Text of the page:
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Cycled Testosterone Replacement Study

Information source: The University of Texas Medical Branch, Galveston
ClinicalTrials.gov processed this data on August 23, 2015
Link to the current ClinicalTrials.gov record.

Condition(s) targeted: Hypogonadism

Intervention: Testosterone (Drug); Placebo (Drug)

Phase: Phase 1

Status: Completed

Sponsored by: The University of Texas Medical Branch, Galveston

Official(s) and/or principal investigator(s):
Randall J Urban, M.D., Principal Investigator, Affiliation: University of Texas


The purpose of this study is to determine whether testosterone (male hormone) therapy is effective if administered in a cyclic fashion (periodic dosing) compared to continuous dosing in men aged 60 to 85 years. Effectiveness will be determined based on improvements in body composition, muscle metabolism, muscle strength, and bone metabolism.

Clinical Details

Official title: The Effects of Cyclic Testosterone Administration on Muscle Function in Older Individuals

Study design: Allocation: Randomized, Endpoint Classification: Safety/Efficacy Study, Intervention Model: Parallel Assignment, Masking: Double Blind (Subject, Investigator, Outcomes Assessor), Primary Purpose: Prevention

Primary outcome:

Changes in Basal Muscle Protein Synthesis and Breakdown as Measured by Stable Isotope Metabolic Studies at Baseline and at Five Months

Changes in Muscle Strength as Measured by Maximal Voluntary Contraction Tests (Arm Curl) at Baseline, One Month, Two Months, Three Months, Four Months, and at Five Months

Changes in Lean Body Mass as Measured by Dual Energy X-ray Absorptiometry (DEXA)

Secondary outcome:

Changes in Bone Mineral Density as Measured by Dual Energy X-ray Absorptiometry (DEXA)

Changes in Serum Markers of Bone Turnover.

9473Changes in Serum Inflammatory Biomarkers and Muscle Inflammatory Cytokines

Detailed description: Men and women undergo a progressive reduction in lean muscle mass (sarcopenia) with advancing age regardless of their level of physical activity. A 12-yr longitudinal study in healthy sedentary older men showed a correlation between loss of muscle cross-sectional area and muscle strength of the thigh, quadriceps, and flexor muscles. Once weakened, older individuals are prone to falls that prevent independent living and diminish the quality of life. There is a need to develop therapies to counteract losses in skeletal muscle strength with aging. Studies show that exercise and testosterone administration increase skeletal muscle mass and strength in older men. However, the increase in muscle strength by testosterone in older men has not been consistent in all studies. Androgens increase muscle mass by either increasing muscle protein synthesis or inhibiting muscle protein breakdown. This proposal will investigate the hypothesis that cyclic testosterone administration (monthly on/off cycles) will preferentially increase muscle protein synthesis and result in a consistent and greater improvement in muscle strength than continuous testosterone administration.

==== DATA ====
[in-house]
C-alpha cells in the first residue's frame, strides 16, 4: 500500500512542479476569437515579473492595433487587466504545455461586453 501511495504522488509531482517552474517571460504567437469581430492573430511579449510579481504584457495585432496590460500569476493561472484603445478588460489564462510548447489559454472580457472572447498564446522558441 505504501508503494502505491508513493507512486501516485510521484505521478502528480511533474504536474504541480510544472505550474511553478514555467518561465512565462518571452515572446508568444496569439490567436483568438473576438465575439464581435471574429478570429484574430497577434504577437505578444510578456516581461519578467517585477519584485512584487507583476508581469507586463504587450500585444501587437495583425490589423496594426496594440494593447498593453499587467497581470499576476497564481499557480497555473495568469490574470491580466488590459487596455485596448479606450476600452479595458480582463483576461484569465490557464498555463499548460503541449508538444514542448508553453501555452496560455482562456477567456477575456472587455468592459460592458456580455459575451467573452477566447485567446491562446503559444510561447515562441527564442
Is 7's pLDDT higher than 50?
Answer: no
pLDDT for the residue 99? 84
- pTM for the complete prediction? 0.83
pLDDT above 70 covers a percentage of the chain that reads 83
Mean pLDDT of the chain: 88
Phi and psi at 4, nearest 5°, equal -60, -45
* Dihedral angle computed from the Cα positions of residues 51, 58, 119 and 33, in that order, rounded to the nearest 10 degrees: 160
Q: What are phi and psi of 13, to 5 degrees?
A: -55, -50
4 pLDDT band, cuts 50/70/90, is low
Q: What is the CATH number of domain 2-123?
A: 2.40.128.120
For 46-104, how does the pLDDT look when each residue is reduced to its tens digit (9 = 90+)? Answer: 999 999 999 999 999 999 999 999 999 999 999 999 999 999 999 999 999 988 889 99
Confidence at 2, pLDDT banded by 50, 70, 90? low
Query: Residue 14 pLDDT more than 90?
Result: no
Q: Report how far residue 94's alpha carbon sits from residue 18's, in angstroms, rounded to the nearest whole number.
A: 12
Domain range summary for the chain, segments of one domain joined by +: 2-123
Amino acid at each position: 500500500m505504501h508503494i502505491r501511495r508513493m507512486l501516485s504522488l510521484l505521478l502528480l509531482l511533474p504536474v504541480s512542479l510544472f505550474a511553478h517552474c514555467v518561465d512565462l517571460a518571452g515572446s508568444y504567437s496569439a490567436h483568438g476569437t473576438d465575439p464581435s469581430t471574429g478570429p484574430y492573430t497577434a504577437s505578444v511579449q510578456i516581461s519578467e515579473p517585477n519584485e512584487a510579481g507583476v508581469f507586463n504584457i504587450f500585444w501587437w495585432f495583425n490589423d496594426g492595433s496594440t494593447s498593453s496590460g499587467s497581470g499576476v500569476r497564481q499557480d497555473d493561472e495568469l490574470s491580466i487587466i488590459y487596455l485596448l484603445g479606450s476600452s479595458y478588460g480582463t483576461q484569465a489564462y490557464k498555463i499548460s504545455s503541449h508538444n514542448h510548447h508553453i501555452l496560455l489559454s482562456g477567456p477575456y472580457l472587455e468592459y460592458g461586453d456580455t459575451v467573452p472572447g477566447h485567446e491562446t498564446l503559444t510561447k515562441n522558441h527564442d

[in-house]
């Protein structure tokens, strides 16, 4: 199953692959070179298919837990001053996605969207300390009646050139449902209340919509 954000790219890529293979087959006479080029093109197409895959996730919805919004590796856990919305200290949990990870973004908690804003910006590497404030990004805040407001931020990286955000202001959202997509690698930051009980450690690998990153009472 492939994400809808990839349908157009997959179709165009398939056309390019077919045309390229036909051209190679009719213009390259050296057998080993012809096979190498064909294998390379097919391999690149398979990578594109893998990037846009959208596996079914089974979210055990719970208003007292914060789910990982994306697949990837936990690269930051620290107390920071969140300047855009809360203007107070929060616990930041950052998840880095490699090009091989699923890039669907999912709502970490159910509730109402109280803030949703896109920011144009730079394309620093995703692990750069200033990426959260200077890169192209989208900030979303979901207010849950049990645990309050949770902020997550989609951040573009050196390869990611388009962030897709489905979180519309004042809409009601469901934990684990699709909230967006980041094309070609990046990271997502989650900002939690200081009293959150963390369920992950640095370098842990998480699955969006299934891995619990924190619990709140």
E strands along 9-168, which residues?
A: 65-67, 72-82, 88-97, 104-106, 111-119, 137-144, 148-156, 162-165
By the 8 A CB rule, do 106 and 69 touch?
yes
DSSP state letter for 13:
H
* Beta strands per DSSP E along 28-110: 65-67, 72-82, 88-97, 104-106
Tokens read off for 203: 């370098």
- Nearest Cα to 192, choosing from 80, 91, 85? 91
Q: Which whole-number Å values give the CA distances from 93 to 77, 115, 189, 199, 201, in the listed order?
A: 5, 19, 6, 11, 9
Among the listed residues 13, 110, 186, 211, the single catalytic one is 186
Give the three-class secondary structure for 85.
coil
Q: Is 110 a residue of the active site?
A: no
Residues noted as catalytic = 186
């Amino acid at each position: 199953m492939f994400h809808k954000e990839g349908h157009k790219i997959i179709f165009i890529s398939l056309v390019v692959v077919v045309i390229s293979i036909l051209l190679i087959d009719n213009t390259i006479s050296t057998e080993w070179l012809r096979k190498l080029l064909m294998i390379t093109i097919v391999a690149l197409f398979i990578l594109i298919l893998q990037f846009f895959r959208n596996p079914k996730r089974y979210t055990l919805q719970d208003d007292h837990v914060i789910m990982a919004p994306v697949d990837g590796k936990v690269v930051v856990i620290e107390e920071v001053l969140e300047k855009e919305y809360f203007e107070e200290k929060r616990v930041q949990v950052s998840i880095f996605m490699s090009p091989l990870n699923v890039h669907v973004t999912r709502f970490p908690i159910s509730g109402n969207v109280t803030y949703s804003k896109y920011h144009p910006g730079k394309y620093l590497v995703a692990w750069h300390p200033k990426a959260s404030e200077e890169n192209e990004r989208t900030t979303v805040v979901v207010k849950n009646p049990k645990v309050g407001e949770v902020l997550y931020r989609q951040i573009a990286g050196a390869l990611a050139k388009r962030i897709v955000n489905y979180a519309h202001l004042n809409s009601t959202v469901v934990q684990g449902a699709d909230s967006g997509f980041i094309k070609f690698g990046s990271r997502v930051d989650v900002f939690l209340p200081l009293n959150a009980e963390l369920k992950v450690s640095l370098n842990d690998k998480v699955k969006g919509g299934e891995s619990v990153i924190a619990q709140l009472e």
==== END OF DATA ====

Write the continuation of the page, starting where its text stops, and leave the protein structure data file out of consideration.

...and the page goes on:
Minimum age: 60 Years. Maximum age: 85 Years. Gender(s): Male.


Inclusion Criteria:

- Availability of transportation (i. e., subjects must be able to provide their own

transportation to UTMB). Exclusion Criteria:

- Medications such as anticoagulants (Coumadin) and glucocorticoids.

- History of angina that occurs with exertion or at rest.

- History of myocardial infarction within the last 12 months.

- Failure to successfully complete an exercise stress test using the Bruce protocol.

Subjects that demonstrate ≥ 0. 1 mV horizontal or downsloping ST segment depression, a drop in systolic blood pressure of ≥ 10 mm Hg, and/or frequent or repetitive arrhythmias (defined as ≥ 10 PVC/min, or couplets) during the stress test will be excluded.

- LDL cholesterol above 200 mg/dL.

- History of prostatic cancer.

- Elevated prostate specific antigen (PSA) above 4. 0 µg/L, or severe benign prostatic

hypertrophy (BPH) by history (frequent urination, reduced stream).

- Serum total testosterone concentrations of greater than 500 ng/dL.

- Subjects who engage in high intensity, elite training on a regular basis.

- Major medical illness such as diabetes, chronic obstructive pulmonary disease, or

sleep apnea.

- Recent history of smoking tobacco.

- Hematocrit greater than 51%.

- Morbidly obese older men (BMI > 35).

- Hypertension: Blood pressure on three consecutive measurements taken at one week

intervals that has a systolic pressure ≥ 140 or a diastolic blood pressure ≥ 90. Subjects will be included if they are on two or less blood pressure medications and have a blood pressure below these criteria.

- History of hepatitis or a 3-fold elevation of liver function tests (Alk phos, ALT,


- Bone related disorders such as osteoporosis or parathyroid disease.

- DEXA scans revealing lumbar spine T-scores of less than -2. 5.

- Subjects currently taking anti-bone-resorptive agents such as bisphosphonates,

parathyroid hormone, or calcitonin.

Locations and Contacts

University of Texas Medical Branch, Galveston, Texas 77555, United States
Additional Information

Starting date: January 2006
Last updated: September 4, 2012

Page last updated: August 23, 2015

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